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Each level tells a story about a person in distress, ranging from mundane events (a babysitter needs help controlling her three wards while winning the affections of the star quarterback) to more fantastical scenarios (the son of a car maker has to retrieve stolen plans from a rival company by using his innate ninja skills). The stories are presented in comic book panels, followed by the agents launching into the story to motivate the protagonist.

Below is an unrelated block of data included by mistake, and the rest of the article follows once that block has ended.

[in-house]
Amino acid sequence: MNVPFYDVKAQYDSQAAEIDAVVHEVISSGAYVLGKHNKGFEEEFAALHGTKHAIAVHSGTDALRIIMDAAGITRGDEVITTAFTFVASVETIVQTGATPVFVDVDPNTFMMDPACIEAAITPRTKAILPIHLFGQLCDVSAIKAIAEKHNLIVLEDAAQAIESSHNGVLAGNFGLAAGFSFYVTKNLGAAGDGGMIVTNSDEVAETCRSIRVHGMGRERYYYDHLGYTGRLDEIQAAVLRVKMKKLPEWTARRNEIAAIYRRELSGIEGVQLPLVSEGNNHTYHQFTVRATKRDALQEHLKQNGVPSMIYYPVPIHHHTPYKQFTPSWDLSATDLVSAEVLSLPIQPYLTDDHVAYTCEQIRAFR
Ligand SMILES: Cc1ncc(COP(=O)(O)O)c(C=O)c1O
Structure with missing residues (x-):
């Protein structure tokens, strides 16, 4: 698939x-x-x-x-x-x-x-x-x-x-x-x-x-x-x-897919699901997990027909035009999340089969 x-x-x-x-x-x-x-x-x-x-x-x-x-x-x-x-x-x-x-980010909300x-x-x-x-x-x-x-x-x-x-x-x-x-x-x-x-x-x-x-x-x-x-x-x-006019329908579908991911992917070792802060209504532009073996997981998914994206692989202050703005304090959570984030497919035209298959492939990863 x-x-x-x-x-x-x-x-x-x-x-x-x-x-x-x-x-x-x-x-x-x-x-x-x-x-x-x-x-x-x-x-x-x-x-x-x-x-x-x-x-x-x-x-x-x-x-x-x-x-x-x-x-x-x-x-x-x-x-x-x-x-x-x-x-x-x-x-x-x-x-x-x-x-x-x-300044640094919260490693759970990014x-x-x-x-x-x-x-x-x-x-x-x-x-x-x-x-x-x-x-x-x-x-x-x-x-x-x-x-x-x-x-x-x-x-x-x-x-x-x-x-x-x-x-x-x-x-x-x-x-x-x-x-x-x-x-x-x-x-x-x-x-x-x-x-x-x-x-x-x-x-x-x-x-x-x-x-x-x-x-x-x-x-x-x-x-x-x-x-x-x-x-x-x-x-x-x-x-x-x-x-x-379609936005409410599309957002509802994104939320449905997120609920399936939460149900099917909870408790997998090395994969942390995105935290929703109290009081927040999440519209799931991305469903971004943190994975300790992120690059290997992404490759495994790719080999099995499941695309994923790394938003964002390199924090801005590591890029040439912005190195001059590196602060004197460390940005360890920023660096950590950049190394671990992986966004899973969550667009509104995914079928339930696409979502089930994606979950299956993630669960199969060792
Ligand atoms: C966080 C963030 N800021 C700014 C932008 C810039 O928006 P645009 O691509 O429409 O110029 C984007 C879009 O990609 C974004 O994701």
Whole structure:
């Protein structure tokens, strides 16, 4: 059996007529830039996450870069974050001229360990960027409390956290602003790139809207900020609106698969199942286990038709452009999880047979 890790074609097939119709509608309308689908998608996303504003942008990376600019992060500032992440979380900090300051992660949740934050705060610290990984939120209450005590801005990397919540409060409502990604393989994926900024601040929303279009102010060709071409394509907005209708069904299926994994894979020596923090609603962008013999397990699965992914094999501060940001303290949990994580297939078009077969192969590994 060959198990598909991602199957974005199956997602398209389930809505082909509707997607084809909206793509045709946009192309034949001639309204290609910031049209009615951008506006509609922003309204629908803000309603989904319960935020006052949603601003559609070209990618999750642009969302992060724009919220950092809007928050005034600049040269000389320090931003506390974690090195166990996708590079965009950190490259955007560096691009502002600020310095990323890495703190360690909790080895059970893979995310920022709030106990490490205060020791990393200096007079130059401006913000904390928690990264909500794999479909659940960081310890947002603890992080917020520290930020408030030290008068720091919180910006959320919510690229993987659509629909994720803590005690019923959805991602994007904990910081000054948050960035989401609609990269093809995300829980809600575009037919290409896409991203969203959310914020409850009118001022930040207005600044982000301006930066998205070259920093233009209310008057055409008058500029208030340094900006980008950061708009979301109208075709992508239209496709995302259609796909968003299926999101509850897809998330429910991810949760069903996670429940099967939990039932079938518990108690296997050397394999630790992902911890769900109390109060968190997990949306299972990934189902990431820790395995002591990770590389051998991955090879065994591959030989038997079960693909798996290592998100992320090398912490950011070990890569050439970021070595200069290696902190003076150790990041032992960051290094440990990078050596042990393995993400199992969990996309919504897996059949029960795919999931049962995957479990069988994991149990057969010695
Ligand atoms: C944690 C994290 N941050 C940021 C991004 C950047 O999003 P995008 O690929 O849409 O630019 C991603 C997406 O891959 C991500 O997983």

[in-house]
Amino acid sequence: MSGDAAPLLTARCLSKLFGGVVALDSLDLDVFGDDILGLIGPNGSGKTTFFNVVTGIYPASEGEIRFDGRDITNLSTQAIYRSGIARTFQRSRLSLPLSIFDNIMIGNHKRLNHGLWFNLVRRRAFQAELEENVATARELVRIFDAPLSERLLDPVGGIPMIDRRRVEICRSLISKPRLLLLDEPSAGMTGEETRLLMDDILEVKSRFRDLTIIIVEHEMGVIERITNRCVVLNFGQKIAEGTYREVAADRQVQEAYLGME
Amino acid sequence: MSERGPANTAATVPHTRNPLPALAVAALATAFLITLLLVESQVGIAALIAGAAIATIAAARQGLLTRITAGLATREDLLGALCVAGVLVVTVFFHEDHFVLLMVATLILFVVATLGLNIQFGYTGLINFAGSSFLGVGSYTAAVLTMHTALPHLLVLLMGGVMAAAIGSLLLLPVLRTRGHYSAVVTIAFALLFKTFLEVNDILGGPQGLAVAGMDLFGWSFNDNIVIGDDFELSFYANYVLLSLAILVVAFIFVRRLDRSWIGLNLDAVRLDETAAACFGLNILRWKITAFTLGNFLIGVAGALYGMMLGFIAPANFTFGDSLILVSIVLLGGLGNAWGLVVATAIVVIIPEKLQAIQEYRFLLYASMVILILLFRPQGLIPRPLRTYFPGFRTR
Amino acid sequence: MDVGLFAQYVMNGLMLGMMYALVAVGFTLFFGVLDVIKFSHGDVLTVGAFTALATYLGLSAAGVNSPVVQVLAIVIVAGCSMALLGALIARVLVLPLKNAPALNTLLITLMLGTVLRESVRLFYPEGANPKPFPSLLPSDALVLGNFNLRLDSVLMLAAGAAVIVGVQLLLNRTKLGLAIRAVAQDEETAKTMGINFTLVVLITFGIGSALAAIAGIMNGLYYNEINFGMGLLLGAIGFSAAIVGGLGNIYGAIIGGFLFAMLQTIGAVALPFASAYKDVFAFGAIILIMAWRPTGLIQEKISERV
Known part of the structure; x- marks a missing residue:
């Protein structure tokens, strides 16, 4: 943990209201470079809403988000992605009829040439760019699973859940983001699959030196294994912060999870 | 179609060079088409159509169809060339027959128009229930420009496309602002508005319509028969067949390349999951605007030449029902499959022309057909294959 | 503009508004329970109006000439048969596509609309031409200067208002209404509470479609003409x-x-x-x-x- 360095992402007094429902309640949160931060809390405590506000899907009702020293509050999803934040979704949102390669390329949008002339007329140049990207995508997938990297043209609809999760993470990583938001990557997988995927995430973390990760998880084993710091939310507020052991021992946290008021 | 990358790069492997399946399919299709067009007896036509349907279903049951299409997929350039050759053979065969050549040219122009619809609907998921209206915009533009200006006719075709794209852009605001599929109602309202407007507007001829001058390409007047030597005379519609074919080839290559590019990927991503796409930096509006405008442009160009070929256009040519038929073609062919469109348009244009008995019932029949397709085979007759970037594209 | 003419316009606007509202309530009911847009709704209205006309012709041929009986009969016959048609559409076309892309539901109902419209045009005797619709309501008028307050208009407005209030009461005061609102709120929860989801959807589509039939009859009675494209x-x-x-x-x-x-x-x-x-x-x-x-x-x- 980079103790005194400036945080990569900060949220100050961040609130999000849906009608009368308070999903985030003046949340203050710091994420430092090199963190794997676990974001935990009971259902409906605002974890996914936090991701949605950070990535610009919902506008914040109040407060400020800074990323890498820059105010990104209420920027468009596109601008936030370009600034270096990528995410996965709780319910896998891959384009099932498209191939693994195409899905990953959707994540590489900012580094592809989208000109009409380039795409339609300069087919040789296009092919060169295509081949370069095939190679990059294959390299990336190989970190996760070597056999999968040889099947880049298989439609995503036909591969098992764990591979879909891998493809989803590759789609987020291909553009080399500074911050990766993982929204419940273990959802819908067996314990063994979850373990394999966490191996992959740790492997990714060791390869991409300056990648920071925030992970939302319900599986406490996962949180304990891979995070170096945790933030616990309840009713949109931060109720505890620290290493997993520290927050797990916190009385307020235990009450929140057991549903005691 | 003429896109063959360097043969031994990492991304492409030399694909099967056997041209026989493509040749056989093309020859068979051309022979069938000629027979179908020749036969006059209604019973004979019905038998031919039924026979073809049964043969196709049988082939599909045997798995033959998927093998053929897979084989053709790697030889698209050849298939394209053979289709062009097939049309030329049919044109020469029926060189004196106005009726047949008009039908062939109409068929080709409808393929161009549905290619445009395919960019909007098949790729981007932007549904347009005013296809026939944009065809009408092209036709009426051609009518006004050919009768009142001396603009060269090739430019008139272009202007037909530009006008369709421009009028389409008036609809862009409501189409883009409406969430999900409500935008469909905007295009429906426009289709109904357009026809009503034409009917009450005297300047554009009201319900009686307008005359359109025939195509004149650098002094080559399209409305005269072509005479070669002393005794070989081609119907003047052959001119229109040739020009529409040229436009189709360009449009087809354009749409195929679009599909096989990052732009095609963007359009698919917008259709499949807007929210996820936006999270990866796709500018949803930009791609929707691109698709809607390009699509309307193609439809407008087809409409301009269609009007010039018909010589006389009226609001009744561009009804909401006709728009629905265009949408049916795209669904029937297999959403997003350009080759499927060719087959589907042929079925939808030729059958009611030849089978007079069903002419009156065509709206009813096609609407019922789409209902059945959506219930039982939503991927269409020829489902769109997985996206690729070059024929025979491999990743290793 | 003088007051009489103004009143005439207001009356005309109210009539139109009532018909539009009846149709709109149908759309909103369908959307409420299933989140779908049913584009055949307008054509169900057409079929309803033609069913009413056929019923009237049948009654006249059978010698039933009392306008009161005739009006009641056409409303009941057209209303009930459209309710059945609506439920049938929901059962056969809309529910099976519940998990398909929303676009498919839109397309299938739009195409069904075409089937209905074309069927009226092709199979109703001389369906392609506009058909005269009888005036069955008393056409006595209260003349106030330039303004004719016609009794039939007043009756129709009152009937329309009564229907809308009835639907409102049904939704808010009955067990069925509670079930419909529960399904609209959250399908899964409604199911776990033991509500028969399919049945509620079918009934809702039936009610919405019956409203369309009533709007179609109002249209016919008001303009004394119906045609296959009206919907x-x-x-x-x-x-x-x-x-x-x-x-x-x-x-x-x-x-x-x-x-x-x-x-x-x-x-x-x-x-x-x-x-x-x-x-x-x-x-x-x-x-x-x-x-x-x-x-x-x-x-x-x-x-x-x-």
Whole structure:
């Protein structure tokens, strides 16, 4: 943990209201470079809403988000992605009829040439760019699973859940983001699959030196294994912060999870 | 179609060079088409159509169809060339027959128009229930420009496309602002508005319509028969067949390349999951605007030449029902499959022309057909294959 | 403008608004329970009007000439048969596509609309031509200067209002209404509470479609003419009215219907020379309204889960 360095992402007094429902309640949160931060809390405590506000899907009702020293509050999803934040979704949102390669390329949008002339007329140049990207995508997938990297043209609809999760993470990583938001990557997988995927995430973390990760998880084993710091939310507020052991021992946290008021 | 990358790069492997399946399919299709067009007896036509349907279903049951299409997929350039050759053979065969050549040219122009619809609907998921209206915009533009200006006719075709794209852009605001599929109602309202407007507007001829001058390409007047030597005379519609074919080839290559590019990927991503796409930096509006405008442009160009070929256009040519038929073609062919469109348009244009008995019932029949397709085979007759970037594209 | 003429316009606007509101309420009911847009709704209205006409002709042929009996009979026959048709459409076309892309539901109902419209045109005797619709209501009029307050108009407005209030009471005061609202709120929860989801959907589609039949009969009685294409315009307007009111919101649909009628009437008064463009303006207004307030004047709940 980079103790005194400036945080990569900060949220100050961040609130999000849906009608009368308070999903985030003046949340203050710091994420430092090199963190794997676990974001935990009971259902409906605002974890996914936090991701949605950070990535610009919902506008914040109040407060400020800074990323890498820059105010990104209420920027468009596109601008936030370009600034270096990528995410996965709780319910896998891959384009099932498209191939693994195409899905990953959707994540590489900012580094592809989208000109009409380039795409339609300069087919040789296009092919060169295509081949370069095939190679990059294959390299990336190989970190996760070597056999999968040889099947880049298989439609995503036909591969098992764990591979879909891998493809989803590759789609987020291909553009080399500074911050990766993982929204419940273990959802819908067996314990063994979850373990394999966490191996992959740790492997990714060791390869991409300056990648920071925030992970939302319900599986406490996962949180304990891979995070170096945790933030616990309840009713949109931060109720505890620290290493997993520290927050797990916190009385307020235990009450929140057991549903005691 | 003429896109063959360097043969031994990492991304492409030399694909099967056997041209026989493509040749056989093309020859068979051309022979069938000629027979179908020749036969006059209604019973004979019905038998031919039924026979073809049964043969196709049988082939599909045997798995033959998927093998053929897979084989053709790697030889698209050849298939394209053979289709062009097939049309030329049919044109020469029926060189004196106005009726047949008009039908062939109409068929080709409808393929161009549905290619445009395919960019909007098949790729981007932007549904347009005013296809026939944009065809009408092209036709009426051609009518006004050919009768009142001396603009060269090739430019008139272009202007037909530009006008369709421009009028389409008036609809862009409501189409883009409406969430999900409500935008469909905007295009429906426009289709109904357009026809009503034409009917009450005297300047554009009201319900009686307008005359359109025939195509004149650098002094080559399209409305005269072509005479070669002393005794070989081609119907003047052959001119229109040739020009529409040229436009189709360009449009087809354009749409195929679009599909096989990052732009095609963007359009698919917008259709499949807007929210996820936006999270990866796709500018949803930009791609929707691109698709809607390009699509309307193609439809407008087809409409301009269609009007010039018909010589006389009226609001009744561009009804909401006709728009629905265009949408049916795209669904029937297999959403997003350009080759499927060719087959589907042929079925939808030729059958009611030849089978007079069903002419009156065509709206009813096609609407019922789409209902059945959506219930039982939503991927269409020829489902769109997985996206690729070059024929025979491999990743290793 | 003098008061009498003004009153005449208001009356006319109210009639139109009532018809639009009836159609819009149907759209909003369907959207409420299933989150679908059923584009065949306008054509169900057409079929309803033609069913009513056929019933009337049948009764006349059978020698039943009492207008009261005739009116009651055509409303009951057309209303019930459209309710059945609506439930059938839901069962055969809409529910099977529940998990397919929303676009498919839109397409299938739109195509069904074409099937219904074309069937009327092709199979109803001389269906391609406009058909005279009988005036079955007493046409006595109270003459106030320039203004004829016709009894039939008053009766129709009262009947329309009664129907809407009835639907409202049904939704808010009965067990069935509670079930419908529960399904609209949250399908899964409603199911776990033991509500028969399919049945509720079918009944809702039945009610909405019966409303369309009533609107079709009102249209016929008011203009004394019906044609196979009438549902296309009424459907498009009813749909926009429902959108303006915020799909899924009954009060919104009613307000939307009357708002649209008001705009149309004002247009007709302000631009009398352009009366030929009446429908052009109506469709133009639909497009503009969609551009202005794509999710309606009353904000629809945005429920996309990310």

Gameplay takes place on the bottom screen, where strings of numbered buttons are superimposed over the dancing agents. Each button has a circle converging on it, and the idea is to tap the sequence out at the exact moment the circle matches up with each button. Occasionally you'll be presented with a button that moves when you tap it, which you have to trace with your stylus to complete successfully. As an encore, you'll have to spin a wheel to fill gauges on either side of the screen. Do all this in time with the music and you'll keep your "Elite-O-Meter" at the top of the screen full. Screw up too much, and your agents will lose their enthusiasm and give up. If the image of three spooks with gravity-defying hair shaking their rumps to funk music fills your heart with glee, seeing the agents out of breath and out of step will crush your spirits. Also, the game will be over.